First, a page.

As long ago as 1938, this Court recognized that "it is well settled that evidence of flight following the commission of a crime is admissible as having a tendency to prove the guilt of accused." Commonwealth v. Myers, 131 Pa.Super. 258, 264, 200 A. 143, 146 (1938). See also Commonwealth v. Graham, 248 Pa.Super. 406, 407, 375 A.2d 161, 162 (1977); Commonwealth v. Liebowitz, 143 Pa.Super. 75, 83, 17 A.2d 719 (1940). In Myers, this Court noted that such evidence is equally admissible "where the accused flees after he has been arrested and admitted to bail." Id. The court noted that when evidence of flight is introduced:

It would then be competent for appellant to show, if he could, that the reason for his avoidance was not a consciousness of guilt, but that it was due to some other cause consistent with his innocence, and to show what that cause was.

200 A. at 146, 131 Pa.Super. at 265.

In the instant case, Trooper Yoder's and the two supervisors' testimony raised the issue of Darryl's flight and the *132 inference that the flight reflected evidence of a consciousness of guilt. Once this testimony was introduced, it was necessary to permit Darryl to offer testimony about the alleged blackmail attempt to show "that the reason for his avoidance was not a consciousness of guilt, but that it was due to some other cause consistent with his innocence, and to show what that cause was." Id.

In ruling on appellant's post-verdict motions, the court held that the blackmail testimony was legally irrelevant because there was "no nexus to tie in that alleged blackmail with the victim." In addition, the court explained that when Darryl was later asked why he left the area he responded: "because I knew if I was innocent or not they would put me in jail." Based upon these facts, the trial court concluded that "any possible probative value [of the blackmail attempt] was grossly outweighed by the unfair prejudice that would be visited upon the Commonwealth." The trial court's ruling is contrary to established law in Pennsylvania.

Although we have located no recent caselaw addressing this issue, it is clear from reading Commonwealth v. Myers that where the Commonwealth offers testimony of a defendant's flight, the defendant must be permitted to offer his explanation to rebut the inference that flight reflects consciousness of guilt. Appellant in this case was not given such an opportunity.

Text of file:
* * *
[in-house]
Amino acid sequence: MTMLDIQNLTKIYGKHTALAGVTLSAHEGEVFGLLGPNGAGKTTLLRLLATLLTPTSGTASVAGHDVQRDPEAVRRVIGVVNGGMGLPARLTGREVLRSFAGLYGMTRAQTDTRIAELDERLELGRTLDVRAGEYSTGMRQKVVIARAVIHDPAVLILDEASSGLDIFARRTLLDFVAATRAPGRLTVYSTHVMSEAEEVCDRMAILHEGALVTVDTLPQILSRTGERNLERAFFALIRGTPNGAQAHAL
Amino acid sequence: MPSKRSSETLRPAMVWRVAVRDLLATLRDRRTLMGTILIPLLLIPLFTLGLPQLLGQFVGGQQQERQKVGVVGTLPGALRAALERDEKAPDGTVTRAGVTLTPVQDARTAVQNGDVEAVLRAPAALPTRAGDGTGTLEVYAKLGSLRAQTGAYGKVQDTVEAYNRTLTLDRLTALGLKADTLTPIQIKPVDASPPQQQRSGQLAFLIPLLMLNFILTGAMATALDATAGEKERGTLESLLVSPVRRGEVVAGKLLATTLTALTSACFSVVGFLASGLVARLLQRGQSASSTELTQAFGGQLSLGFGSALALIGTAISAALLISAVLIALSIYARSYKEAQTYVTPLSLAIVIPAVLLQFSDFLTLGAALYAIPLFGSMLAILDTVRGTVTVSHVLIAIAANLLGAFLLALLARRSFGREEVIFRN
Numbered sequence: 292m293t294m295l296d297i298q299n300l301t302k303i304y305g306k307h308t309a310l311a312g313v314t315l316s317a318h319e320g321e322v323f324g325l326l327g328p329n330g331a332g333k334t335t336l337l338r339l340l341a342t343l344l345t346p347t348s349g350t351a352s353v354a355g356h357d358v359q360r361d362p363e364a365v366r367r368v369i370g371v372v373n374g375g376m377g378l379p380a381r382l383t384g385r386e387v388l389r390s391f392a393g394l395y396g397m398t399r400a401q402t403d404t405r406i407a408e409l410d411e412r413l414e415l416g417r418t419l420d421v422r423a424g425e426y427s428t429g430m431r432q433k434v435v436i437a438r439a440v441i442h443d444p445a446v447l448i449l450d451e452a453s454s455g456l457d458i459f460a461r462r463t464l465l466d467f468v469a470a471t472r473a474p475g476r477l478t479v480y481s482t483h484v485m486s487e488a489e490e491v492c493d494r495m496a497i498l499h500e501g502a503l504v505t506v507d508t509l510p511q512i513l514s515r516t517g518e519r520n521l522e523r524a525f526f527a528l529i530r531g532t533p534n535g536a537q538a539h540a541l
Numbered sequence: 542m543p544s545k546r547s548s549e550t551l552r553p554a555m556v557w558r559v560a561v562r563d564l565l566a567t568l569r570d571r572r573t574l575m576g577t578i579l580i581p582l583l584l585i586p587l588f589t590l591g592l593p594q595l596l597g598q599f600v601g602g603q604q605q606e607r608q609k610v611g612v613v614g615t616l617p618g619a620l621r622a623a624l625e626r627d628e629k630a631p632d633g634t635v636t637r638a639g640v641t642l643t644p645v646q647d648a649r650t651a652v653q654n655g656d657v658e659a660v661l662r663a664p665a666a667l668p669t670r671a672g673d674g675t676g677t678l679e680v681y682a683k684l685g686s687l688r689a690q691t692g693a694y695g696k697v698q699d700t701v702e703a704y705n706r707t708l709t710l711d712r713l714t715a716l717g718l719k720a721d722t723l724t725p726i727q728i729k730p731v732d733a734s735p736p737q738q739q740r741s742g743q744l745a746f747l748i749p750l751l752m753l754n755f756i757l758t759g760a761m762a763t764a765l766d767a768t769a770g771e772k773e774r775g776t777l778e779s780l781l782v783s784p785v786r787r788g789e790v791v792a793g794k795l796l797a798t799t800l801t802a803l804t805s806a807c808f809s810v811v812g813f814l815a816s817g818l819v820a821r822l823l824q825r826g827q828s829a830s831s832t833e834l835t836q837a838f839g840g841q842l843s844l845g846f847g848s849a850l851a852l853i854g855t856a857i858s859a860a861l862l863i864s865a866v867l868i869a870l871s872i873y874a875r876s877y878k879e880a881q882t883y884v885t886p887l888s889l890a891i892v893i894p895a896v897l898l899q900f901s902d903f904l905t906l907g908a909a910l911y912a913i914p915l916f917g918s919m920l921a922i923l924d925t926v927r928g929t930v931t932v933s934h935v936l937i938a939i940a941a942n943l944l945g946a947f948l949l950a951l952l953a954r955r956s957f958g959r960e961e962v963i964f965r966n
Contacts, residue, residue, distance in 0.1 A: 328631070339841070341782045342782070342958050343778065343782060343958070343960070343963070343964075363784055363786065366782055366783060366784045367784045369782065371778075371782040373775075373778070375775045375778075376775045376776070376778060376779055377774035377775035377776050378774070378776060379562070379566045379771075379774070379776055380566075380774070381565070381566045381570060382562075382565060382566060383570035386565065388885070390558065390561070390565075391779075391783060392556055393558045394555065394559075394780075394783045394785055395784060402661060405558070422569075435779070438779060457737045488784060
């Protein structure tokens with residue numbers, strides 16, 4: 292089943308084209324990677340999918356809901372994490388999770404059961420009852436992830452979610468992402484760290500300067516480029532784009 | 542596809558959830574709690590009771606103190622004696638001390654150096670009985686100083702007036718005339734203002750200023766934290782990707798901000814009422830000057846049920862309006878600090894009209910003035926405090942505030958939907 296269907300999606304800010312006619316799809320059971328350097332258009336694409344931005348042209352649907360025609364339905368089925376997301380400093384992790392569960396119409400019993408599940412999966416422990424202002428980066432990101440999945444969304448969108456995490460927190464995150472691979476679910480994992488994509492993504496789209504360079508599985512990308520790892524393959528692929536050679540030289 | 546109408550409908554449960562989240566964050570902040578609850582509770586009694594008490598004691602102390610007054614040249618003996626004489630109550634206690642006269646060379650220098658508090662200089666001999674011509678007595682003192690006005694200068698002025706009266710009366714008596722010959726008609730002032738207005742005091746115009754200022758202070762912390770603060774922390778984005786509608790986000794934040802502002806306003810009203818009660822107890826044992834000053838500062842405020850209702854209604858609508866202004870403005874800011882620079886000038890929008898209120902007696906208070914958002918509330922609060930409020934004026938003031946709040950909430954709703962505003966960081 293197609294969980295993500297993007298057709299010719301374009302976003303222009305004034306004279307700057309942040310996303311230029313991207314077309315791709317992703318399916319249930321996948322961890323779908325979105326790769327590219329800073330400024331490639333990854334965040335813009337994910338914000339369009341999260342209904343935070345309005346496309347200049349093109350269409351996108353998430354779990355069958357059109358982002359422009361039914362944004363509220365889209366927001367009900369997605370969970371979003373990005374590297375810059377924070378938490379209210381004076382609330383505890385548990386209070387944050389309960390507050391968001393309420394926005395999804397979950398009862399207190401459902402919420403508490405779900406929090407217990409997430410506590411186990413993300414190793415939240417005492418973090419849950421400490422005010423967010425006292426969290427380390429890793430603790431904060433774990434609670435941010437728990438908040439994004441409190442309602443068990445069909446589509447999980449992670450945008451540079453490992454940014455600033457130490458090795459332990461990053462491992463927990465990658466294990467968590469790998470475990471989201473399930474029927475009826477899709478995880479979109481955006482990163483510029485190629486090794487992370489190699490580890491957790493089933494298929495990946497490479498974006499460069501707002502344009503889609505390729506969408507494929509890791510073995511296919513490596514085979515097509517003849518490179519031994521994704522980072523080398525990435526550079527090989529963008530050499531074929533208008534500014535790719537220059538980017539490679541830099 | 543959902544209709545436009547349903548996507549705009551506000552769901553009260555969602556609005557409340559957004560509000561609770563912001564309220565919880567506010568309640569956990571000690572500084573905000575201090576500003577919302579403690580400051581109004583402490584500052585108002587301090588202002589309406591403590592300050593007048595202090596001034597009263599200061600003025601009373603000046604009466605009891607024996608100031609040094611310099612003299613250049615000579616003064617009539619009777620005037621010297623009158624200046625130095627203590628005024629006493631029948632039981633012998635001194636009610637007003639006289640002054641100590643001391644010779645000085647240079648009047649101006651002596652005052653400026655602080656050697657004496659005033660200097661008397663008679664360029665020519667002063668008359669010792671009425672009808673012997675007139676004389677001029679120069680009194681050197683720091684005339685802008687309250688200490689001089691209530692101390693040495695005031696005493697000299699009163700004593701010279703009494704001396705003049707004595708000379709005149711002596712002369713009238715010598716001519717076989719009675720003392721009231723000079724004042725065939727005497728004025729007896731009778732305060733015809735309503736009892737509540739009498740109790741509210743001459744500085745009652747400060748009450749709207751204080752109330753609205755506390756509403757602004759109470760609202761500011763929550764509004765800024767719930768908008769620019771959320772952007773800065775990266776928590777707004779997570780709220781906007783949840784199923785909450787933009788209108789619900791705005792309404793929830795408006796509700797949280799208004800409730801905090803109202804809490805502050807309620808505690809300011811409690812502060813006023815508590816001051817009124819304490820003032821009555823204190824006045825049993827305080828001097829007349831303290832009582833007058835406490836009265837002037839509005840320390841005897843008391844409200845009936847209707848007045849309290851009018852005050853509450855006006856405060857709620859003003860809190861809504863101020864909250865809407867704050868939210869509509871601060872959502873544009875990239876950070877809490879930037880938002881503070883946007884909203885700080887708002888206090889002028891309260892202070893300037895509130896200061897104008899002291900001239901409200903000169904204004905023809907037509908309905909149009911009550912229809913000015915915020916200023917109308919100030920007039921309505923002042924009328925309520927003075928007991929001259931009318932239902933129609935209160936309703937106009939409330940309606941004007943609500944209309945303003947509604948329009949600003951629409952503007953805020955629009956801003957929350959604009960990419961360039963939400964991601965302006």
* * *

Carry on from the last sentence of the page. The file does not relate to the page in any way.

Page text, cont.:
The trial court correctly noted that when Darryl was asked why he left the area, he did not mention the alleged blackmail threat. We point out, however, that he was asked this question after the court ruled that the blackmail testimony was inadmissible. He clearly could have concluded that it was improper for him to mention the blackmail threat. Furthermore, Darryl's statement "I knew if I was innocent or not they would put me in jail", cannot be said to be inconsistent with the possible explanation that he fled the area because of a threat of blackmail. For example, Darryl's statement could be interpreted as indicating his belief that because he could not pay the blackmail he would *133 be unjustly convicted on the basis of the blackmailer's false testimony regarding the crime even though the blackmailer had no direct knowledge of the crime. Therefore, we find no basis for the trial court's conclusion that Darryl's explanation of why he fled rendered the proffered blackmail testimony irrelevant. Whatever the explanation of how the blackmail threat induced his flight, Darryl had a right to offer it to rebut the inference of consciousness of guilt. The strength or weakness of his testimony on the blackmail question could be tested through cross-examination.

The trial court also noted that the blackmail testimony was inadmissible since there was no demonstrated nexus between the blackmail attempt and the victim. No nexus need be shown here. The blackmail testimony does not relate directly to the commission of the crime, but relates to matters external to the crime itself. It is relevant as to Darryl's thought processes after the crime, i.e., the reason he thought he had to flee the jurisdiction.

For the above reasons we conclude that the trial court erred in refusing to admit testimony relating to the alleged blackmail.

As we have noted, reversal on the basis of exclusion of evidence requires not only a showing of abuse of discretion, but also requires a showing of resulting prejudice to the defendant. Commonwealth v. Sweger, supra. Appellant was clearly prejudiced in that he was not given the opportunity to rebut the inference of consciousness of guilt through flight.

The judgment of sentence is vacated and the case remanded for a new trial consistent with this opinion. Jurisdiction is relinquished.

WIEAND, J., files concurring opinion.

WIEAND, Judge, concurring: